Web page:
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"I like bringing people back to life."
Sharon Long (SL) and Steve Sutter (SS)
SL: I had to take an anthropology class. But I didn’t even know what it meant. So I went home and I looked up anthropology and I thought, ‘Study of mankind, oh that sounds interesting.’ So I took physical anthropology and bang, I decided it’s what I want to be when I grow up.
SS: You’ve done how many skulls?
SL: Something like 86. I get totally psyched into what I’m doing. Just like people must do when they’re writing music or painting a painting. You forget to eat, you forget to get up, you forget to drink water you forget everything. Everything just sort of goes into suspension. And 12 or 15 hours later I have a face. You know and I, I feel a connection, ‘cause I think about them as a person like me. They loved people and had family and drank tea with their friends. But, you know, murder victims bother me a lot. I try not to think about ‘em being in pain because then their face comes out looking like that. So I try to think about ‘em being happy.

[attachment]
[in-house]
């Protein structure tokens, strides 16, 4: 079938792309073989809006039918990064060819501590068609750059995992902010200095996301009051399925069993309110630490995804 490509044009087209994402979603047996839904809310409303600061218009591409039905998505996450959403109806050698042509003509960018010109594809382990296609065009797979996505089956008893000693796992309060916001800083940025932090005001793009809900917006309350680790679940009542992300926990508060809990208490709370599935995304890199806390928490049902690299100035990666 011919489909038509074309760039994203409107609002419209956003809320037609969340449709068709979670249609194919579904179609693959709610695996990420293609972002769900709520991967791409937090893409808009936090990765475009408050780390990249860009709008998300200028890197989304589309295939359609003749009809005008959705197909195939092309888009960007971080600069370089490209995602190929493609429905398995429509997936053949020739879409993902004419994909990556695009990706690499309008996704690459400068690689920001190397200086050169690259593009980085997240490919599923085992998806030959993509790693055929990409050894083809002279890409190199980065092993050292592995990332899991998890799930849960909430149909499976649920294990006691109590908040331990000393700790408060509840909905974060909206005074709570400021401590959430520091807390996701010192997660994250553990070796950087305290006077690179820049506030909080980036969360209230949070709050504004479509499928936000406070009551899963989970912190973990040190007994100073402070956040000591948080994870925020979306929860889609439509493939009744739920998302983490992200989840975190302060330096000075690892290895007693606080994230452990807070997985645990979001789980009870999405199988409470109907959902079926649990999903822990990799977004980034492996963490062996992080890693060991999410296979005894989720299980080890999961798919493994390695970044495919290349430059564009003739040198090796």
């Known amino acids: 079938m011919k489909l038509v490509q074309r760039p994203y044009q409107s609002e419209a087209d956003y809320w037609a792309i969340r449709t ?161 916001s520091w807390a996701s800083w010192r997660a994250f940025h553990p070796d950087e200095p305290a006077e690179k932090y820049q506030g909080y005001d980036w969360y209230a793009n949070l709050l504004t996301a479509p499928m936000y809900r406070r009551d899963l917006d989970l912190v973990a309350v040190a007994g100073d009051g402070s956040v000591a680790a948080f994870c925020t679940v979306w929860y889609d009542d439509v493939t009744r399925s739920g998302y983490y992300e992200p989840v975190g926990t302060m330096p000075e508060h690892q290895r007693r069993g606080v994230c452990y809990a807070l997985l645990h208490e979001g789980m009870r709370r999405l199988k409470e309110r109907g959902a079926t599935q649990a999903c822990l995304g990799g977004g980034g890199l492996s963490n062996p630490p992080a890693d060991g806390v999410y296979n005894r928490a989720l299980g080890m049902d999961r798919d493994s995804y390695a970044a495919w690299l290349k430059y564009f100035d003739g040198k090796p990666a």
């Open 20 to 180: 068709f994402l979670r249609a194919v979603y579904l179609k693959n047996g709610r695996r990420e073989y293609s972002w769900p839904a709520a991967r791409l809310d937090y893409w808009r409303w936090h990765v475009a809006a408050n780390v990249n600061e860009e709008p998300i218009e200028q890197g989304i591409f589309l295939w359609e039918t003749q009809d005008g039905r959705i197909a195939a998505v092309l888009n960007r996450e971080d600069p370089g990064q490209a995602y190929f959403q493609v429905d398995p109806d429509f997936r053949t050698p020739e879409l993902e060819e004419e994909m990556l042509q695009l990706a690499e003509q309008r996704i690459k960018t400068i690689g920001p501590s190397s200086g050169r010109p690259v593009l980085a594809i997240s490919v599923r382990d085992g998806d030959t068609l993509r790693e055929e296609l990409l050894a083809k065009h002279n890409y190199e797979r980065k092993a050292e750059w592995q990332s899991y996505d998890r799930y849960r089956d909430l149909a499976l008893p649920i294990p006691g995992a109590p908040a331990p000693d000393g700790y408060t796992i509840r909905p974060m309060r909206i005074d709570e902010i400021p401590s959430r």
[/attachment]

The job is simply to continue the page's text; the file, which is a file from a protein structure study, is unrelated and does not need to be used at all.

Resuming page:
And I, I like bringing people back to life. People ask me, ‘how’d you do that?’ And I think, boy, I don’t know. It just comes out the tips of my fingers.
But I observe a lot. I’ve watched people in airports and in restaurants and I’d say, ‘Look at that guy’s skull. God, look at the cranium on that guy. Whoa!’
SS: I remember talking to you once and you start staring at my forehead and you say, ‘Can I feel your brow ridge?’ (laugh)
SL: (Laugh) Aren’t I awful? I do that with people that are friends. See I can say, ‘Can I poke on your face a little.’ I can’t do that at the airport.
SS: So you’ve talked about retiring.
SL: Well now see, you know, I’m getting older. My hands hurt. I’ve got arthritis. And I thought, ‘No, no I can’t do it anymore.’
But, I’m telling you, I look back and I can’t believe my life went this way. It just seems like it’s all been a big, long dream.
StoryCorps 467: More Purpose and Passion
Hear stories from the companion CD to our latest book, “Callings: The Purpose and Passion of Work,” narrated by StoryCorps founder Dave Isay. Listen
Vito de la Cruz and Maria Sefchick-Del Paso
Civil rights lawyer Vito de la Cruz grew up in a family of migrant farmworkers. He describes his childhood and the loving aunt who raised him.
StoryCorps is America’s oral history project. Since 2003, StoryCorps has collected more than 60,000 interviews with over 100,000 participants from all backgrounds -- the largest single collection of human voices ever gathered.
Recordings are archived at the American Folklife Center at the Library of Congress so that future generations can hear the stories – and the voices – of today.
We share stories online and through our popular weekly NPR broadcasts, podcast, animated shorts, and best-selling books. StoryCorps is an independent 501(c)(3) nonprofit organization.